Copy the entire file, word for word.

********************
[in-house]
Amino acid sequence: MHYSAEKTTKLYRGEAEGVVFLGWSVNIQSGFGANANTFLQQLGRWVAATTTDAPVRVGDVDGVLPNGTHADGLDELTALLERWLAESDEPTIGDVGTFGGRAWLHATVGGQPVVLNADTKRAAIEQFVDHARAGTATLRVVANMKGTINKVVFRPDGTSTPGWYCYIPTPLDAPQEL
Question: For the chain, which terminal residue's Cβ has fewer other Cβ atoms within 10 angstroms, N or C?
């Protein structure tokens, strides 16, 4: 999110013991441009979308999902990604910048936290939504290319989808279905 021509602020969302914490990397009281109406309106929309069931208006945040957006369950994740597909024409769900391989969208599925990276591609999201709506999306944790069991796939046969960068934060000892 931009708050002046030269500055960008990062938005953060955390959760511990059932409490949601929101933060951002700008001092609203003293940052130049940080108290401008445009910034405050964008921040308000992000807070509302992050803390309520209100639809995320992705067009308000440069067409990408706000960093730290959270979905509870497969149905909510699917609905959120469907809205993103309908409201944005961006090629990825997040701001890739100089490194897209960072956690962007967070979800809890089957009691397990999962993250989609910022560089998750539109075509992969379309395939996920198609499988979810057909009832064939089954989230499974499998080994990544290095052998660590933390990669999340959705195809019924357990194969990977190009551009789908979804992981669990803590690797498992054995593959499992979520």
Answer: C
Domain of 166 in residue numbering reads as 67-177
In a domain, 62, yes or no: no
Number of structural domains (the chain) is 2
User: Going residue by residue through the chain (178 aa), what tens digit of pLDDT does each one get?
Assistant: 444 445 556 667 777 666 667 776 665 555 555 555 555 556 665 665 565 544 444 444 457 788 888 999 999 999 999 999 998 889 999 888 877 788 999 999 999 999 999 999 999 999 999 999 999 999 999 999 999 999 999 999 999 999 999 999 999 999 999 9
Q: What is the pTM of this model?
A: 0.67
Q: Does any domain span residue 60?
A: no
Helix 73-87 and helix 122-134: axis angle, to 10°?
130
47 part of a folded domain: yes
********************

[in-house]
Amino acid sequence: MHYSAEKTTKLYRGEAEGVVFLGWSVNIQSGFGANANTFLQQLGRWVAATTTDAPVRVGDVDGVLPNGTHADGLDELTALLERWLAESDEPTIGDVGTFGGRAWLHATVGGQPVVLNADTKRAAIEQFVDHARAGTATLRVVANMKGTINKVVFRPDGTSTPGWYCYIPTPLDAPQEL
Question: For the chain, which terminal residue's Cβ has fewer other Cβ atoms within 10 angstroms, N or C?
């Protein structure tokens, strides 16, 4: 999110013991441009979308999902990604910048936290939504290319989808279905 021509602020969302914490990397009281109406309106929309069931208006945040957006369950994740597909024409769900391989969208599925990276591609999201709506999306944790069991796939046969960068934060000892 931009708050002046030269500055960008990062938005953060955390959760511990059932409490949601929101933060951002700008001092609203003293940052130049940080108290401008445009910034405050964008921040308000992000807070509302992050803390309520209100639809995320992705067009308000440069067409990408706000960093730290959270979905509870497969149905909510699917609905959120469907809205993103309908409201944005961006090629990825997040701001890739100089490194897209960072956690962007967070979800809890089957009691397990999962993250989609910022560089998750539109075509992969379309395939996920198609499988979810057909009832064939089954989230499974499998080994990544290095052998660590933390990669999340959705195809019924357990194969990977190009551009789908979804992981669990803590690797498992054995593959499992979520």
Answer: C
Domain of 166 in residue numbering reads as 67-177
In a domain, 62, yes or no: no
Number of structural domains (the chain) is 2
User: Going residue by residue through the chain (178 aa), what tens digit of pLDDT does each one get?
Assistant: 444 445 556 667 777 666 667 776 665 555 555 555 555 556 665 665 565 544 444 444 457 788 888 999 999 999 999 999 998 889 999 888 877 788 999 999 999 999 999 999 999 999 999 999 999 999 999 999 999 999 999 999 999 999 999 999 999 999 999 9
Q: What is the pTM of this model?
A: 0.67
Q: Does any domain span residue 60?
A: no
Helix 73-87 and helix 122-134: axis angle, to 10°?
130
47 part of a folded domain: yes